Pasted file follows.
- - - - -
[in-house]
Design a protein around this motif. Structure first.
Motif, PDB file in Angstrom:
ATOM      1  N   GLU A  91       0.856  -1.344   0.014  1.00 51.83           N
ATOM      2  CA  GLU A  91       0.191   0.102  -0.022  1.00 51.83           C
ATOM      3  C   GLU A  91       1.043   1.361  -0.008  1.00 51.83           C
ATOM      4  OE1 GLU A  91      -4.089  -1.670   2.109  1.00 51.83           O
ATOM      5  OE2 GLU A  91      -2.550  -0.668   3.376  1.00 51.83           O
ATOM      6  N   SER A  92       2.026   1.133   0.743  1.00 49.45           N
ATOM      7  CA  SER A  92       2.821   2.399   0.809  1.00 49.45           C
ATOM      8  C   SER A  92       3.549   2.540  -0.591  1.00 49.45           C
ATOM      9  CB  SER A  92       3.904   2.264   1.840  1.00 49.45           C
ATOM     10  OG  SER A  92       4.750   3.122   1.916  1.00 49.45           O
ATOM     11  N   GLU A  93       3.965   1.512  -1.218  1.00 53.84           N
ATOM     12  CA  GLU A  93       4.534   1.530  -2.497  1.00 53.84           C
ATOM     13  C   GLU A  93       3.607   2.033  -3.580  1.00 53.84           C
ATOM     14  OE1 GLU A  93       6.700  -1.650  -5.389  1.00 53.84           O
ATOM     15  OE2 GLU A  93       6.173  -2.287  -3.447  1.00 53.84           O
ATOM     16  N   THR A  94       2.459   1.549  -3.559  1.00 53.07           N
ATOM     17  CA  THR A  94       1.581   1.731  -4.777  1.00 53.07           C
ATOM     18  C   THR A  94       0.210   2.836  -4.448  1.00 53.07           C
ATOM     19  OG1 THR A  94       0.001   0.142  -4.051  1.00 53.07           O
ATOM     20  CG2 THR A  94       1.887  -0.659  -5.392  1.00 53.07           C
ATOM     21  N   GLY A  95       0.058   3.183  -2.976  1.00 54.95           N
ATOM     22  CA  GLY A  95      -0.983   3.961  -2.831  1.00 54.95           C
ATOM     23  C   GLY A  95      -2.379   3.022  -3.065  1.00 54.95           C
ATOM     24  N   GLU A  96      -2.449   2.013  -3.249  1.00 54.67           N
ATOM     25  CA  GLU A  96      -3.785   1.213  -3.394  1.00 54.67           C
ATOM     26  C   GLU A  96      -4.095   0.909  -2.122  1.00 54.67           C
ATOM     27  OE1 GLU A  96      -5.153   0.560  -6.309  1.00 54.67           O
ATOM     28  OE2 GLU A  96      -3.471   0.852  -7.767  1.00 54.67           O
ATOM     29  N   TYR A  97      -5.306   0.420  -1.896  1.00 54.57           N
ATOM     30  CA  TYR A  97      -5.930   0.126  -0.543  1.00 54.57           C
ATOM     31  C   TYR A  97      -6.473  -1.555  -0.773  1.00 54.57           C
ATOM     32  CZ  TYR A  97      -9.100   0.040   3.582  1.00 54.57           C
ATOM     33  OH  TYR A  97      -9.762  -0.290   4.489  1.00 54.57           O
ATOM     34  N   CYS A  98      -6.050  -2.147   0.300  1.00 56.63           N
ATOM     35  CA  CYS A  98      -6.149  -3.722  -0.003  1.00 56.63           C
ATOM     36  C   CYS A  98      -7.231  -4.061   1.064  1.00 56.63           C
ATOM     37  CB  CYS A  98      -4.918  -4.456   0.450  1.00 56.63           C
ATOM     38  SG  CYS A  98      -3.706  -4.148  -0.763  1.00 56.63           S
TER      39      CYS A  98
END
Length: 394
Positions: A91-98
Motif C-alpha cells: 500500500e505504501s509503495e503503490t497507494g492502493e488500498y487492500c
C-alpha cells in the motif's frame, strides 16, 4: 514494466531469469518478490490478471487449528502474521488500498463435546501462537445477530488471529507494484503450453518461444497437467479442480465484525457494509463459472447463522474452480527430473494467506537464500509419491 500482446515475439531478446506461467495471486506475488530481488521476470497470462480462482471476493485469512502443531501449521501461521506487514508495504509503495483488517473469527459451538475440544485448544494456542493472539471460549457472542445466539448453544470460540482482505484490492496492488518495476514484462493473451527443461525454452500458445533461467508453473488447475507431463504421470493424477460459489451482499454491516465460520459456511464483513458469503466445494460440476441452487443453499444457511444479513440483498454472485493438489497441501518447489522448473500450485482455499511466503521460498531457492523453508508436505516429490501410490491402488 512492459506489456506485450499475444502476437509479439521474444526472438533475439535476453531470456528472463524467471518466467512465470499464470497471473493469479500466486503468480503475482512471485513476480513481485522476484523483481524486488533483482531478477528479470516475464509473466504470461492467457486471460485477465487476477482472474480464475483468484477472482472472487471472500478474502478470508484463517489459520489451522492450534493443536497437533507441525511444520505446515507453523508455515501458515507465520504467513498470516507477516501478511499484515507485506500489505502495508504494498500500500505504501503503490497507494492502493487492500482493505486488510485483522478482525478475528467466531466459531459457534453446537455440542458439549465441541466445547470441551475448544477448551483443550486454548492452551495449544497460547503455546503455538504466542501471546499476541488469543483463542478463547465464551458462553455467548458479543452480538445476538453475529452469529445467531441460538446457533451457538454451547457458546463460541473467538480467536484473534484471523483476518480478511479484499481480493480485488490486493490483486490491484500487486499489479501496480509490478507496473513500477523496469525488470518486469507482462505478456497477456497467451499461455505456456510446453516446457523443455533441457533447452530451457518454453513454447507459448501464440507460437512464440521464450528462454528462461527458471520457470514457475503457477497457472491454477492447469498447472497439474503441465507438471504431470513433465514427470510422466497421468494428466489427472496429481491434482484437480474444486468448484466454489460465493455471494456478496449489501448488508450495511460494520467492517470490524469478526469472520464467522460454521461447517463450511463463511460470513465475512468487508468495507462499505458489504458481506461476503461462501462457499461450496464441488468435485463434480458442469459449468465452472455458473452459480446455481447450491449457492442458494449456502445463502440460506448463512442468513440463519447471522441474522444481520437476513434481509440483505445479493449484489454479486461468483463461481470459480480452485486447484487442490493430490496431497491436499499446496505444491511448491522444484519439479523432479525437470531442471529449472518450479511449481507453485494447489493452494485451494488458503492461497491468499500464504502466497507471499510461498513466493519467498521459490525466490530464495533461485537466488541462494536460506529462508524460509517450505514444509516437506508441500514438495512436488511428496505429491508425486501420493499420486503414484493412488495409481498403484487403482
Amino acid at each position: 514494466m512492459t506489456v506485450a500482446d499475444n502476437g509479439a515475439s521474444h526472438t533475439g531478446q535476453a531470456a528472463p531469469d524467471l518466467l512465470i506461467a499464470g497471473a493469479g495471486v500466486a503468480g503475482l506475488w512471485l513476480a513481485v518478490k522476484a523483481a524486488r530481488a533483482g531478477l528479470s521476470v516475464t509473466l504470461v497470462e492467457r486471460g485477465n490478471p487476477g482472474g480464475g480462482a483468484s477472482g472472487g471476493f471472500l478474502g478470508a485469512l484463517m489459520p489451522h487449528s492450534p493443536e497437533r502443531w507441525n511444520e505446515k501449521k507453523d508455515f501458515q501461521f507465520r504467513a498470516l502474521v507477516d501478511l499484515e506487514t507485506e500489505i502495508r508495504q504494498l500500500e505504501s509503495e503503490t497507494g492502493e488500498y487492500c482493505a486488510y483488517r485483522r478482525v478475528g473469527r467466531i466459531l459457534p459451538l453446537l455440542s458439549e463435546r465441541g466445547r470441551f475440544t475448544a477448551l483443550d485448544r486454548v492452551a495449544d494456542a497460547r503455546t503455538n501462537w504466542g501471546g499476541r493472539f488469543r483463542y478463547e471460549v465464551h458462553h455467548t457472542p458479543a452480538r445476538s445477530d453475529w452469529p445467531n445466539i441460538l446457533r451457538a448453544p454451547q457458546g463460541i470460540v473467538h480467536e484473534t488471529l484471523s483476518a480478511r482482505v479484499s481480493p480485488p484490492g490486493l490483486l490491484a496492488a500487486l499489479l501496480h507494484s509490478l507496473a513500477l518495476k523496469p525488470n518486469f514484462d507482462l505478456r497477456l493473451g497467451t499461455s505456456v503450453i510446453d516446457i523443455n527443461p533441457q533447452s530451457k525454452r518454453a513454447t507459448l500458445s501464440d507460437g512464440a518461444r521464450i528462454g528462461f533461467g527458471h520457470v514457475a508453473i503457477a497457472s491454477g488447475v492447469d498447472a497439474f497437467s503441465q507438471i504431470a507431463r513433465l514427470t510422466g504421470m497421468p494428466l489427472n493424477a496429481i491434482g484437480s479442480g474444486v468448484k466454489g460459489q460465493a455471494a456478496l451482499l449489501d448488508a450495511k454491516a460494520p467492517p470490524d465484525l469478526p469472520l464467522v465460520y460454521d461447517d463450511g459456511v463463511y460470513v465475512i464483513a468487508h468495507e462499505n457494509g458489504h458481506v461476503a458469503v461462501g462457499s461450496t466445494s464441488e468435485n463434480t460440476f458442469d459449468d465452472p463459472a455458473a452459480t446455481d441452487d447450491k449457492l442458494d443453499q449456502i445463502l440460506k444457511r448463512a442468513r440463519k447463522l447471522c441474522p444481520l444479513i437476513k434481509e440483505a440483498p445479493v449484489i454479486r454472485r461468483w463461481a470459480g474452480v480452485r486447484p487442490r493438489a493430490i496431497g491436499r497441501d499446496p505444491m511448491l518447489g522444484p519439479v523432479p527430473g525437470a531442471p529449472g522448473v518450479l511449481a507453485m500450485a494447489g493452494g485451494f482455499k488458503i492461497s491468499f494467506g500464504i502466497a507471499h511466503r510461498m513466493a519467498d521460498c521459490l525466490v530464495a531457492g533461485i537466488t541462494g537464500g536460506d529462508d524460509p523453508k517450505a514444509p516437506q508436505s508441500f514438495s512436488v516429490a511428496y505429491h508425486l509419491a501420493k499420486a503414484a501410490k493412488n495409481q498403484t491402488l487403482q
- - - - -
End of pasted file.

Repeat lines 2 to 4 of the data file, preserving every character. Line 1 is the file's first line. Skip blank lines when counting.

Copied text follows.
Design a protein around this motif. Structure first.
Motif, PDB file in Angstrom:
ATOM      1  N   GLU A  91       0.856  -1.344   0.014  1.00 51.83           N